Windows 3.x - 1994
Also available on: Mac
Description of Legions
Here is the video game “Legions”! Released in 1994 on Windows 3.x, it's still available and playable with some tinkering. It's a strategy game, set in a historical battle (specific/exact), history, turn-based and shmup themes and it was released on Mac as well.
Captures and Snapshots
Comments and reviews
AlbinoSnowman 2015-09-29 2 points
Loved this game when I was in Junior High. Pre-internet used to set this game up with 5-6 friend who would Magic the Gathering and Hero Quest in the next room as everyone took their turns. Graphics were basic, but the level of strategy that one could employ and the amount of historical research that went into its design makes me wish this one would get re-released. Two of the best features were the interactive Economy that allowed you to drive up prices on items that affected nearly all players, and the fact that it took a full turn for a message to arrive to another player and you could type in whatever you wanted into the message. The amount of diplomacy going on nearly ruined all my friendships! Want to play it again!
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Windows 3.x Version
Legions is an ignored war/strategy game from Mindscape, designed for Windows 3.1.
Its a simple and unique strategy game, but has some serious flaws with it. For starters, although it runs in Windows 95/98, the age of the game shows, as the graphics are simple and you move around the map with the scroll bars, and ONLY those bars. The main objective of the game is to pick a nation and conquer the world with it. You can select from a number of historical or random situations, from 1200 BC to 800 AD. Each turn, you can manage your economy (deciding what to buy or sell, although your advisor takes care of the critical needs of food and supplies), build military units, handle diplomacy, and move your units. Each nation also has an 'elite' unit that includes the ruler. This unit is very powerful in battle, but if it is destroyed, your ruler is killed. Here's where one of the unique ideas comes into play, though -- you automaticaly get a heir to continue the game as long as you still have a major city. To destroy another civilization, you need to take all their major cities AND kill their ruler(s). Also unqiue is the fantasic help menus in the game (with easy to understand information) and the great history sections in the manual. More games should have this! Plus, your nation needs to have a strong economic infastructure to support your military, since your towns/cities supply your economy, and supplies are needed to keep your units in the field. Without a strong economy, you will be forced to disband units and can not buy materials to build more. This is a feature more strategy games should have.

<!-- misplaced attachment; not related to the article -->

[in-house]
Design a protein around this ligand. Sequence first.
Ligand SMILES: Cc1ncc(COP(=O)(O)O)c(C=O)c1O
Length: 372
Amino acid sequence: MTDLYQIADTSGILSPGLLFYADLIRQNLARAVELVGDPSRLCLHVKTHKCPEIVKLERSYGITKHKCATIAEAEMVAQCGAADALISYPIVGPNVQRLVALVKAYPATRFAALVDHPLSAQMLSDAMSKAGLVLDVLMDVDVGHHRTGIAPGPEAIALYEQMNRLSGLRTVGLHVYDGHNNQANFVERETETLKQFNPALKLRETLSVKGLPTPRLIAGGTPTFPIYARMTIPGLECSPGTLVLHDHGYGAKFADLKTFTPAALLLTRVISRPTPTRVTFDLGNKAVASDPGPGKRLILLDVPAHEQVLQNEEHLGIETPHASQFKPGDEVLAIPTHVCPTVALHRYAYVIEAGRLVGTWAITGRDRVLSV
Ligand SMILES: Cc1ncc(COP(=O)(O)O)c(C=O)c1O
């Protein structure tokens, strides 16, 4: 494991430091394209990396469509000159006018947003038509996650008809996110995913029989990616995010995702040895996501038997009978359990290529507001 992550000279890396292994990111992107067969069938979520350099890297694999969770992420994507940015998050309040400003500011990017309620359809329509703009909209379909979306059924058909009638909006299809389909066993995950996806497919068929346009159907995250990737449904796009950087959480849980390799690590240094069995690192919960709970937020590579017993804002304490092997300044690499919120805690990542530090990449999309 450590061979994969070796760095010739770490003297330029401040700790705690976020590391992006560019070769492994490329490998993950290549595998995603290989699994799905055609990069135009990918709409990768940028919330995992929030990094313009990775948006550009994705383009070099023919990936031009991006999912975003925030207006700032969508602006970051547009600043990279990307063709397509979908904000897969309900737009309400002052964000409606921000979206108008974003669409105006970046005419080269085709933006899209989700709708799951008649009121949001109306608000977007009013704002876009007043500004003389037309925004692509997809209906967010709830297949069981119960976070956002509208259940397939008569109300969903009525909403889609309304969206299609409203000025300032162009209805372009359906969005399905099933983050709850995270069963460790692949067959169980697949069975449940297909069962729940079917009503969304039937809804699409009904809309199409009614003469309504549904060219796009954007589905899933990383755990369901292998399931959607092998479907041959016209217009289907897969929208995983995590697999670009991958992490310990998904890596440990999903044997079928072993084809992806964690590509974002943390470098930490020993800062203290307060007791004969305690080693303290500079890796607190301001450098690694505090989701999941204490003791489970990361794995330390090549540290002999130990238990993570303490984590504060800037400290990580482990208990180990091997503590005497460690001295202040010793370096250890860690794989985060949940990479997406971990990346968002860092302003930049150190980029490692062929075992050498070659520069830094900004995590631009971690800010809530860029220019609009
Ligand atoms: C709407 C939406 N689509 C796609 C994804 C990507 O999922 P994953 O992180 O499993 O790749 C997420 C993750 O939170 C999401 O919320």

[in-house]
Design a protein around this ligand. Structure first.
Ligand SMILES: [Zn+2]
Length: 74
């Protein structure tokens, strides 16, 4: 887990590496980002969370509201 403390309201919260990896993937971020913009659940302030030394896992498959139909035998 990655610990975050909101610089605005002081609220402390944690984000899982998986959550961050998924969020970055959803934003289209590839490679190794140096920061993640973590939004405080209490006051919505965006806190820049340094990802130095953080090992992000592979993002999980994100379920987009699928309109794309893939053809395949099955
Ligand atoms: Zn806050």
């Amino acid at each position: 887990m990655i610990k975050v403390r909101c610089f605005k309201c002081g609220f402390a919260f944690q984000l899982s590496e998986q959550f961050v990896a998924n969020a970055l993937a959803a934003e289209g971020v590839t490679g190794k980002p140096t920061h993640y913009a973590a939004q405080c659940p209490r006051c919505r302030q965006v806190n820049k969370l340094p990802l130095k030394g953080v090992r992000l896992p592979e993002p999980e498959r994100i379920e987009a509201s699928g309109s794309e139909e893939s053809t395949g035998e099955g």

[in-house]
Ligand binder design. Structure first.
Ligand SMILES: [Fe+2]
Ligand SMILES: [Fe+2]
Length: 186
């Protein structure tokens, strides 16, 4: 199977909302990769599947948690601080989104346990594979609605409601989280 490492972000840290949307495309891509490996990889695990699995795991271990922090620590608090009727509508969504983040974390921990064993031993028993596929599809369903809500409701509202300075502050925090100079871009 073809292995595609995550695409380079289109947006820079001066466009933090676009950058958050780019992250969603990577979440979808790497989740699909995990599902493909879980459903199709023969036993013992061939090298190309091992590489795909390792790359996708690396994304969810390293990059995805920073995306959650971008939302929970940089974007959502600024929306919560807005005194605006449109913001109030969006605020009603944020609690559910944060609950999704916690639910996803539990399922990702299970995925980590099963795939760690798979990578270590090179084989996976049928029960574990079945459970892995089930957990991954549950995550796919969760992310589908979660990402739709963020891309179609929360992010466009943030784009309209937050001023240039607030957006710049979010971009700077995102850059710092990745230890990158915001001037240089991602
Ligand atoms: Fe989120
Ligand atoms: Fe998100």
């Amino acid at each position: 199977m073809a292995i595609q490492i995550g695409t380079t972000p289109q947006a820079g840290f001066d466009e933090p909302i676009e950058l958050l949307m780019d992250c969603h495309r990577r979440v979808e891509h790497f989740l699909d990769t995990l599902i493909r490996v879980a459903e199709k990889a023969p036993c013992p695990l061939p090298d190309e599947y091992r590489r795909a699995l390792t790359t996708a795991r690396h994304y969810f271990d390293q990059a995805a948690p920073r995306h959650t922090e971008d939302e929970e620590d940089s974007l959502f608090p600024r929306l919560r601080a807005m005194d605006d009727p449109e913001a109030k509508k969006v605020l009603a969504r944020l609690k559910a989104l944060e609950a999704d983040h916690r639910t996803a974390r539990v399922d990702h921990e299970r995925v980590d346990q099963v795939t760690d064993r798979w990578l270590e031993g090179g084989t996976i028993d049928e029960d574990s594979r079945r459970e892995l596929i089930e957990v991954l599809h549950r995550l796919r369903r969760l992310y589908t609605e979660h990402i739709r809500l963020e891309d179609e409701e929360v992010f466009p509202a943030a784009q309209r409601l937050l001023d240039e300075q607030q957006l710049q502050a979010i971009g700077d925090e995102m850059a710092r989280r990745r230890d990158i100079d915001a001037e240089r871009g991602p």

It's also quite easy to learn how to play. However, after playing the game for a bit, the flaws come to the surface. In a nutshell, the game is too SIMPLE. Comabt is handled abstractly, by selecting a tactic when you engage enemy units. You have no control over your cities/towns and can only move military units. Diplomatic options are limited, the AI is horrible, and even at the highest difficulty levels the game is easy to win once you know what you are doing. It will keep you amused for a while, but does'nt have the gripping 'one more turn' feature. Players who are starting out with war/strategy games and/or looking for a game set in the ancient world will enjoy this, for a while. Everyone else is advised to stear clear.
Review By HOTUD
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